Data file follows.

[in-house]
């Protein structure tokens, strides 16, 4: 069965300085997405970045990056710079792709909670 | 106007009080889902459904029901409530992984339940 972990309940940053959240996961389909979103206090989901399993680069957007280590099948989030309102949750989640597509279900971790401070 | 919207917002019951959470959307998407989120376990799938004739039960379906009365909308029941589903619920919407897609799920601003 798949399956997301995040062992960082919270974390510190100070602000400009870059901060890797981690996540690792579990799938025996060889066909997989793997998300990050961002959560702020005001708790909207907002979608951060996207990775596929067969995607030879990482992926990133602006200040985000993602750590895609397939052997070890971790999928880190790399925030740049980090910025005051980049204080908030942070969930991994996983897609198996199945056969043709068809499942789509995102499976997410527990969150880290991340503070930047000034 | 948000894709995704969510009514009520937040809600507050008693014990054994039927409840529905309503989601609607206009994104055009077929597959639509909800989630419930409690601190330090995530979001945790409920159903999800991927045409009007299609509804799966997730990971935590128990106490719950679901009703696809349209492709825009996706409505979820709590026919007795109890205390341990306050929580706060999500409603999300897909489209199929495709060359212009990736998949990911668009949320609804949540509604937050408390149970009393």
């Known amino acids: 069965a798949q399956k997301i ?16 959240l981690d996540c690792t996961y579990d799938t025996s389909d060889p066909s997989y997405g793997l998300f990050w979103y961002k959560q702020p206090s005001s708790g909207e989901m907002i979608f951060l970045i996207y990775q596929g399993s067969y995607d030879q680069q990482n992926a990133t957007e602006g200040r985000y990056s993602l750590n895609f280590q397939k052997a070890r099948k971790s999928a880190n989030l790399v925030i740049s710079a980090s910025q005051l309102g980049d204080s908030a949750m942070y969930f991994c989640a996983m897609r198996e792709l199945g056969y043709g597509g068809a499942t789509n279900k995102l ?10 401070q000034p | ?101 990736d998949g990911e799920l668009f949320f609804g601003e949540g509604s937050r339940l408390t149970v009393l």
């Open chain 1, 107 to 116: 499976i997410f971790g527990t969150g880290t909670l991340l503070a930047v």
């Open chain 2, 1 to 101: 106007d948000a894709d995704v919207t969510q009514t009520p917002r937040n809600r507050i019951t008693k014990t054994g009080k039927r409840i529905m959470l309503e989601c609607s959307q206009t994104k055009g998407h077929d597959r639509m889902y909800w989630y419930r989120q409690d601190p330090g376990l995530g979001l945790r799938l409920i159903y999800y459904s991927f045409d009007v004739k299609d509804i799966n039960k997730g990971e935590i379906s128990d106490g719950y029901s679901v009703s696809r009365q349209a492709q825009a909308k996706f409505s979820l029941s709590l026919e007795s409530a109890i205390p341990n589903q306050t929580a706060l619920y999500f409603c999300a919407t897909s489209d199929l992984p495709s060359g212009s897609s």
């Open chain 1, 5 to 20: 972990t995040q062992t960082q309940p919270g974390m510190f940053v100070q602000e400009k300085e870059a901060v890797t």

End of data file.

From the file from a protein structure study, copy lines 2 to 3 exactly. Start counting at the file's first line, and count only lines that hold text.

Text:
């Protein structure tokens, strides 16, 4: 069965300085997405970045990056710079792709909670 | 106007009080889902459904029901409530992984339940 972990309940940053959240996961389909979103206090989901399993680069957007280590099948989030309102949750989640597509279900971790401070 | 919207917002019951959470959307998407989120376990799938004739039960379906009365909308029941589903619920919407897609799920601003 798949399956997301995040062992960082919270974390510190100070602000400009870059901060890797981690996540690792579990799938025996060889066909997989793997998300990050961002959560702020005001708790909207907002979608951060996207990775596929067969995607030879990482992926990133602006200040985000993602750590895609397939052997070890971790999928880190790399925030740049980090910025005051980049204080908030942070969930991994996983897609198996199945056969043709068809499942789509995102499976997410527990969150880290991340503070930047000034 | 948000894709995704969510009514009520937040809600507050008693014990054994039927409840529905309503989601609607206009994104055009077929597959639509909800989630419930409690601190330090995530979001945790409920159903999800991927045409009007299609509804799966997730990971935590128990106490719950679901009703696809349209492709825009996706409505979820709590026919007795109890205390341990306050929580706060999500409603999300897909489209199929495709060359212009990736998949990911668009949320609804949540509604937050408390149970009393």
């Known amino acids: 069965a798949q399956k997301i ?16 959240l981690d996540c690792t996961y579990d799938t025996s389909d060889p066909s997989y997405g793997l998300f990050w979103y961002k959560q702020p206090s005001s708790g909207e989901m907002i979608f951060l970045i996207y990775q596929g399993s067969y995607d030879q680069q990482n992926a990133t957007e602006g200040r985000y990056s993602l750590n895609f280590q397939k052997a070890r099948k971790s999928a880190n989030l790399v925030i740049s710079a980090s910025q005051l309102g980049d204080s908030a949750m942070y969930f991994c989640a996983m897609r198996e792709l199945g056969y043709g597509g068809a499942t789509n279900k995102l ?10 401070q000034p | ?101 990736d998949g990911e799920l668009f949320f609804g601003e949540g509604s937050r339940l408390t149970v009393l």